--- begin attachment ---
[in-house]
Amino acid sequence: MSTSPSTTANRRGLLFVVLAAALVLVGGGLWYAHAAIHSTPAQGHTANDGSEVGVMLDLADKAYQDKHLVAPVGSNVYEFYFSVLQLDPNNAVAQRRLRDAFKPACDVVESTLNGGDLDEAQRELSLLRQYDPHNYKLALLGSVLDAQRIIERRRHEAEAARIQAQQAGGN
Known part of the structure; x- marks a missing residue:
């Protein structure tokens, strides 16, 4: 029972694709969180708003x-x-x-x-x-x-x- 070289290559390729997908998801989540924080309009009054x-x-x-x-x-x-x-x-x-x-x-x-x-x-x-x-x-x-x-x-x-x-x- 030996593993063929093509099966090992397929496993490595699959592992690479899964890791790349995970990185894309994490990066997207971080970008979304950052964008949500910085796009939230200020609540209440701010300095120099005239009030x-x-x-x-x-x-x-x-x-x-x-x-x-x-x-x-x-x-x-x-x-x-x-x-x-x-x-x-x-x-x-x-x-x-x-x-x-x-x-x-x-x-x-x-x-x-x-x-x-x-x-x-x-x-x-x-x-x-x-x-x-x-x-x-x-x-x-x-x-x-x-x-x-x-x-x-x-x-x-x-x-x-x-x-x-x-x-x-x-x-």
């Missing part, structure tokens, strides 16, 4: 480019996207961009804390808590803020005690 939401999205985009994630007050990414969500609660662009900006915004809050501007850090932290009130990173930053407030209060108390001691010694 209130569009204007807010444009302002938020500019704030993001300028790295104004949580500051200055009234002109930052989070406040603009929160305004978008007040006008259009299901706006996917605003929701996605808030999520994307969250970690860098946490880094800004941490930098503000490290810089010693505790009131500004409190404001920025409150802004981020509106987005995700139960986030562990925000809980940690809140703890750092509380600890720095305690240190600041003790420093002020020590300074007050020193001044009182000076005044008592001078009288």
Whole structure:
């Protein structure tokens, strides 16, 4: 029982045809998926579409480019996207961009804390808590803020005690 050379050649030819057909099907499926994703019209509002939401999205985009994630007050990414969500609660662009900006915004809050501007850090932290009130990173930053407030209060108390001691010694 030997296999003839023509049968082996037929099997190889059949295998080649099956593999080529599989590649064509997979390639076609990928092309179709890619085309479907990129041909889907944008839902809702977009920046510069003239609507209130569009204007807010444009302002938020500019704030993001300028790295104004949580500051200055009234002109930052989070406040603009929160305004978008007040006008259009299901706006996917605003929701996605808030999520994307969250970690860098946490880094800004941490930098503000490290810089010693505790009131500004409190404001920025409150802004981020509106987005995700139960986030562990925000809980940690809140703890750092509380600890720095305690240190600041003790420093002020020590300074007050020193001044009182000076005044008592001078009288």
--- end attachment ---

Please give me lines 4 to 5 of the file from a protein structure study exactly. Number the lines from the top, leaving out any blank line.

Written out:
């Protein structure tokens, strides 16, 4: 029972694709969180708003x-x-x-x-x-x-x- 070289290559390729997908998801989540924080309009009054x-x-x-x-x-x-x-x-x-x-x-x-x-x-x-x-x-x-x-x-x-x-x- 030996593993063929093509099966090992397929496993490595699959592992690479899964890791790349995970990185894309994490990066997207971080970008979304950052964008949500910085796009939230200020609540209440701010300095120099005239009030x-x-x-x-x-x-x-x-x-x-x-x-x-x-x-x-x-x-x-x-x-x-x-x-x-x-x-x-x-x-x-x-x-x-x-x-x-x-x-x-x-x-x-x-x-x-x-x-x-x-x-x-x-x-x-x-x-x-x-x-x-x-x-x-x-x-x-x-x-x-x-x-x-x-x-x-x-x-x-x-x-x-x-x-x-x-x-x-x-x-």
């Missing part, structure tokens, strides 16, 4: 480019996207961009804390808590803020005690 939401999205985009994630007050990414969500609660662009900006915004809050501007850090932290009130990173930053407030209060108390001691010694 209130569009204007807010444009302002938020500019704030993001300028790295104004949580500051200055009234002109930052989070406040603009929160305004978008007040006008259009299901706006996917605003929701996605808030999520994307969250970690860098946490880094800004941490930098503000490290810089010693505790009131500004409190404001920025409150802004981020509106987005995700139960986030562990925000809980940690809140703890750092509380600890720095305690240190600041003790420093002020020590300074007050020193001044009182000076005044008592001078009288």